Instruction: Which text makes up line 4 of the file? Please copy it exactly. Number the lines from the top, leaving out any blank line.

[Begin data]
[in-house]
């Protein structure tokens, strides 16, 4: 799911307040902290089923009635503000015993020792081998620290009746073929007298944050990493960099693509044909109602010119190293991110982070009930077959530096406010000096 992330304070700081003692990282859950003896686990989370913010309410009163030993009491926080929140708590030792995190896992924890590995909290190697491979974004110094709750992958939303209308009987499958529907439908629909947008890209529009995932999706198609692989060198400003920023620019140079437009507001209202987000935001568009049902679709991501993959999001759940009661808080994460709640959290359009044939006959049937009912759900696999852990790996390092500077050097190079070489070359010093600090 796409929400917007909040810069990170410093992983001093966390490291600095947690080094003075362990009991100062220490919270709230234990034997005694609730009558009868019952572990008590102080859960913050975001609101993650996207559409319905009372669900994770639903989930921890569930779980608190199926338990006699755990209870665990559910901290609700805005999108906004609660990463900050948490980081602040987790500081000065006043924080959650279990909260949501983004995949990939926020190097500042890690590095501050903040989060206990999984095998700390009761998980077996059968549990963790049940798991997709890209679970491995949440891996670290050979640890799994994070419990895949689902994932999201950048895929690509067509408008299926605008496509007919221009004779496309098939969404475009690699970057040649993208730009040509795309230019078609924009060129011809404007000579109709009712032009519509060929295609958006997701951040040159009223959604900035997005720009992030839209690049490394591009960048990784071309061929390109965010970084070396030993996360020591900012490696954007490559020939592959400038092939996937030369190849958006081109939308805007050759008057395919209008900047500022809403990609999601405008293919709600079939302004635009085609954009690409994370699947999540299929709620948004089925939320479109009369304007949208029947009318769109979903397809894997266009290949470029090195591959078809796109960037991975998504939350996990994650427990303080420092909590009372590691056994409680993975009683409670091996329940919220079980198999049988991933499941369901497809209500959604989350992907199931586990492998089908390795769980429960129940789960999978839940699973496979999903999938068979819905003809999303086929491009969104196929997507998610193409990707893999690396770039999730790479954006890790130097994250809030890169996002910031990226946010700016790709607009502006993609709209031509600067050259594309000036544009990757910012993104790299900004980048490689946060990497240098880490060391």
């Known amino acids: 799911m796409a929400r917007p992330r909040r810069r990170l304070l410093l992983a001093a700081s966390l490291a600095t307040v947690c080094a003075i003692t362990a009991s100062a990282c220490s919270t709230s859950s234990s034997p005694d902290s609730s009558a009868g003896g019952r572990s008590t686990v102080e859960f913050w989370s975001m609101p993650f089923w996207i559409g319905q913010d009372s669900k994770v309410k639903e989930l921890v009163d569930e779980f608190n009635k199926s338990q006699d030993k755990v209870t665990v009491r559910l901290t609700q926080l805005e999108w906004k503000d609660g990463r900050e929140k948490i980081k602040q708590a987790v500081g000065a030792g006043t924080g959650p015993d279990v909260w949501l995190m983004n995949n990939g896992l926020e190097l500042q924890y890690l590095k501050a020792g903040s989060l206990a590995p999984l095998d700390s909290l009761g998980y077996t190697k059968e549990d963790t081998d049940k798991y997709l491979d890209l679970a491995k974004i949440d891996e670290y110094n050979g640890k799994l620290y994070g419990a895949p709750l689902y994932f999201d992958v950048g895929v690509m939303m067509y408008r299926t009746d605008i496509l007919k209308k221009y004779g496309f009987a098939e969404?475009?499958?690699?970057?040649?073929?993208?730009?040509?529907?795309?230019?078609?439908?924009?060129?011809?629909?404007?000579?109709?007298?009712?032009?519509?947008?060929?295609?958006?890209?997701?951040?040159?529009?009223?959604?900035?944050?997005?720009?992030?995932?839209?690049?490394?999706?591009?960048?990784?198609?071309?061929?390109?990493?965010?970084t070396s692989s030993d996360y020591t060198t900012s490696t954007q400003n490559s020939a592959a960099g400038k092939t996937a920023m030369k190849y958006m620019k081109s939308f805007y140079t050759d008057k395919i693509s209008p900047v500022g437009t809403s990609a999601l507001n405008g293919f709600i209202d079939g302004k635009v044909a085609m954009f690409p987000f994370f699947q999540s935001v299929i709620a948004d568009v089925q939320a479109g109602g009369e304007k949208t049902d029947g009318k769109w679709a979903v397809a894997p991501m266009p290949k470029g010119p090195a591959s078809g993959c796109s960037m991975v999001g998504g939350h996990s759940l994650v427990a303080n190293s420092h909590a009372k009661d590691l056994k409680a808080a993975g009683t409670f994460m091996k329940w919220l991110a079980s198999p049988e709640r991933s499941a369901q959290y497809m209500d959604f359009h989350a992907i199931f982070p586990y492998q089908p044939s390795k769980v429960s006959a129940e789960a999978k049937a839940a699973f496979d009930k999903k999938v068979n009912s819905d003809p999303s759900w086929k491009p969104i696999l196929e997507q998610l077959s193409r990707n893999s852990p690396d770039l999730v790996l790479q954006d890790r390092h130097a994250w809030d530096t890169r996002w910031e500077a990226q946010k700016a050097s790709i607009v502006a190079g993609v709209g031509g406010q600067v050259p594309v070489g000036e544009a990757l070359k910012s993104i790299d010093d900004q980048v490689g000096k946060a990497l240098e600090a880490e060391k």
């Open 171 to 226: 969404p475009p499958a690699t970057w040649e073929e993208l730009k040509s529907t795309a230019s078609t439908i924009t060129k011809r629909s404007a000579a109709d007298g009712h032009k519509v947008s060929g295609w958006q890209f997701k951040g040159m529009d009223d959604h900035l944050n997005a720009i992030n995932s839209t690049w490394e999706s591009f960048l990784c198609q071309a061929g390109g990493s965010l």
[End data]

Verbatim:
């Open 171 to 226: 969404p475009p499958a690699t970057w040649e073929e993208l730009k040509s529907t795309a230019s078609t439908i924009t060129k011809r629909s404007a000579a109709d007298g009712h032009k519509v947008s060929g295609w958006q890209f997701k951040g040159m529009d009223d959604h900035l944050n997005a720009i992030n995932s839209t690049w490394e999706s591009f960048l990784c198609q071309a061929g390109g990493s965010l």